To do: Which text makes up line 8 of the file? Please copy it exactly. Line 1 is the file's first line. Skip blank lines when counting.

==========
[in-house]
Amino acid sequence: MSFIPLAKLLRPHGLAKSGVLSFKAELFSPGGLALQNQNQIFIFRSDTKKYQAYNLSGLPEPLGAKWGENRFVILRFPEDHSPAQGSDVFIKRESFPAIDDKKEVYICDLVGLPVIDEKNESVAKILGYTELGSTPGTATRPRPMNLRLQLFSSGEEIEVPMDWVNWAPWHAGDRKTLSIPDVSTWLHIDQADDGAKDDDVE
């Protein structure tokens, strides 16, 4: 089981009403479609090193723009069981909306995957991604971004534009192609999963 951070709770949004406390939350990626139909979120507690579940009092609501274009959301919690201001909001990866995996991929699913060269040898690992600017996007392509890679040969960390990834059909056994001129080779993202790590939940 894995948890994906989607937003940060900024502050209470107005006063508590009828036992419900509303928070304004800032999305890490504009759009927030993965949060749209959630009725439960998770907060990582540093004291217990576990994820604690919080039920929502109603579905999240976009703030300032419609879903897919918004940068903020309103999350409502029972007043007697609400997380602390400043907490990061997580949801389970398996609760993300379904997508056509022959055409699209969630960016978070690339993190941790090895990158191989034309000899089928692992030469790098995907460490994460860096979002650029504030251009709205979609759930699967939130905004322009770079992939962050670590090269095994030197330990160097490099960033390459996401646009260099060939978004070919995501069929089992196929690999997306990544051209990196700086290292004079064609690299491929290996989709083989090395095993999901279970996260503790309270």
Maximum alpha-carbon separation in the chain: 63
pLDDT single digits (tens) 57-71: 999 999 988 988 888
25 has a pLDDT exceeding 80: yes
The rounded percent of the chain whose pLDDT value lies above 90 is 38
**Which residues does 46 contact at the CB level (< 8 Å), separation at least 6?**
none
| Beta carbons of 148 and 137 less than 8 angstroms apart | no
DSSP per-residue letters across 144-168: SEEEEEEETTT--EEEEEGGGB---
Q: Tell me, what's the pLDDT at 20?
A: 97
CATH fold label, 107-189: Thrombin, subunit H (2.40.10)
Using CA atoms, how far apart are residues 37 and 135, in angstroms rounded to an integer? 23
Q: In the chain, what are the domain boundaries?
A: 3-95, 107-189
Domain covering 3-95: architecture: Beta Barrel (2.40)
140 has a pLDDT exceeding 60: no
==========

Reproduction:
**Which residues does 46 contact at the CB level (< 8 Å), separation at least 6?**